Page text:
Compiling a grsec kernel on a laptop/workstation is a good way to add protection against wide classes of attacks. However, while the options may be easy to choose on a server, this may be difficult because a typical desktop needs more privileges. Here are a few points:

  • Xorg (wants privileged I/O, unless you use KMS) conflicts with PAX_NOEXEC and GRKERNSEC_IO
  • power management: applets to display the battery level want (non-root) read permission on /sys, this will conflict with GRKERNSEC_SYSFS_RESTRICT. You can enable SYSFS_DEPRECATED as a workaround.
  • power management: ACPI is required for a laptop (if you want to be able to use suspend/resume, control fan speed, etc.)
  • power management: suspend/restore conflicts with some options (PAX_MEMORY_UDEREF and PAX_KERNEXEC)
  • virtualization: PAX_KERNEXEC conflicts with kvm/vmx

If you have other points to add/corrections, just send them to me !

Now, another problem I have is that I must use the proprietary kernel. Not that I really want to, but it is the only driver with proper support for my graphics card (GT555M), since the nouveau driver has some problems here: breaks suspend to ram/disk, sucks battery (I have 2h30 of autonomy with nouveau, and about 5 with Nvidia ..), and the card is almost supported except a bug that prevents changing the brightness ! So clearly, even if I don’t want to use the Nvidia stuff (proprietary, bad code, no optimus support), I have little choice

And of course, the Nvidia module does not build with a grsec kernel. I had to add patches taken and adapted from other sites, could not remember which ones). Here is a recipe to build a Debian package for module-assistant (*).

(*) Why should you build a Debian package ?Nothing forces you to do so ! That said, using a packages makes things clean when you uninstall it, does not break dependencies, allow smooth upgrades, and also allow to deploy the module on a set of machines if you have many.

0. Prerequisites

You will need a compiler and tools to build Debian packages. Install (at least) build-essential, fakeroot and devscripts

1. Get the sources of the Nvidia package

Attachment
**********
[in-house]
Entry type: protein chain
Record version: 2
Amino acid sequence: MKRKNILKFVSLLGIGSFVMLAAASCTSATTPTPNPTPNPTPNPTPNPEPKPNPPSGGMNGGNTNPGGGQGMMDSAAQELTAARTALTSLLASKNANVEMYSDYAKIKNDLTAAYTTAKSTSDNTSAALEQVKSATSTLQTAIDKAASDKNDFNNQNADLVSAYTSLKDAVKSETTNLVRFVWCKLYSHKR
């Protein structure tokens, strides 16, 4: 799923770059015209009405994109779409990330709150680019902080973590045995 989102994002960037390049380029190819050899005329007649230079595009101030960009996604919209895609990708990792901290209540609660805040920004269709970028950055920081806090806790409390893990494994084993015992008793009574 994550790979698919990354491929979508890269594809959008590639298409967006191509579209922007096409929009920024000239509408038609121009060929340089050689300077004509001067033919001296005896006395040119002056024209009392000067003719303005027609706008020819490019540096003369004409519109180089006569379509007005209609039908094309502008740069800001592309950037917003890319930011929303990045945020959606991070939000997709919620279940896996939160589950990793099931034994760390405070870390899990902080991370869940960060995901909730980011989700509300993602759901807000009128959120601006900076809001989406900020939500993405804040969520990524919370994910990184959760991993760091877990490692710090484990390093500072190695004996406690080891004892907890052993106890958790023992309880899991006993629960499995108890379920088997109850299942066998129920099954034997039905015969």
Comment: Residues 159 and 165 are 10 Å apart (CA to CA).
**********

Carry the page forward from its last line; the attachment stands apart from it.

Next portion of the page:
Run the following as a non-privileged user !

apt-get source nvidia-graphics-drivers
cd nvidia-graphics-drivers-295.20

2. Add patches to the build system

The Debian package is compiled to create several other packages. One of them is the nvidia-kernel-source package, which is the one we want to contain the patches. This package has to be rebuilt each time you compile a kernel, so it is interesting to use a package to make things automatic.Copy the two attached patches 991-pax-usercopy.patch and 992-pax-const.patch in the module directory, and add their names to the quilt patchset:

cp ../99*.patch debian/module/debian/patches
cd debian/module/debian/patches
ls -1 99*.patch >> series
cd -

The series file in the directory contains the patch names (one per line) in the order to be applied.

3. Add a changelog entry

dch -l+grsec1 "Add pax/grsec patches"

This changes the debian/changelog file to add a new entry, set the commit message and date, and the Debian package version.

4. Build the package

debuild -uc -us -b

This may fail if you don’t have the build dependencies (add them and re-run the command).

5. Install the source package

cd ..
sudo dpkg -i nvidia-kernel-source_295.20-1+grsec11_amd64.deb

Voila ! Now, each time you need to re-build the module, just run module-assistant as usual:

n. Build the module

As root:

m-a -t clean nvidia-kernel
m-a -t -f build nvidia-kernel

The compilation makes tons of warnings about signed/unsigned, always-true comparisons etc (what did you expect).If this succeeds, you will now have a shining deb package containing the binary module.

Finish the installation:

m-a -t install nvidia-kernel

and install the libgl1-nvidia-glx etc. packages with the exact same version, to avoid problems.

Reboot, and if you’re lucky you should now have a GUI :) Otherwise, check your /var/log/syslog for messages and your PaX/grsec options.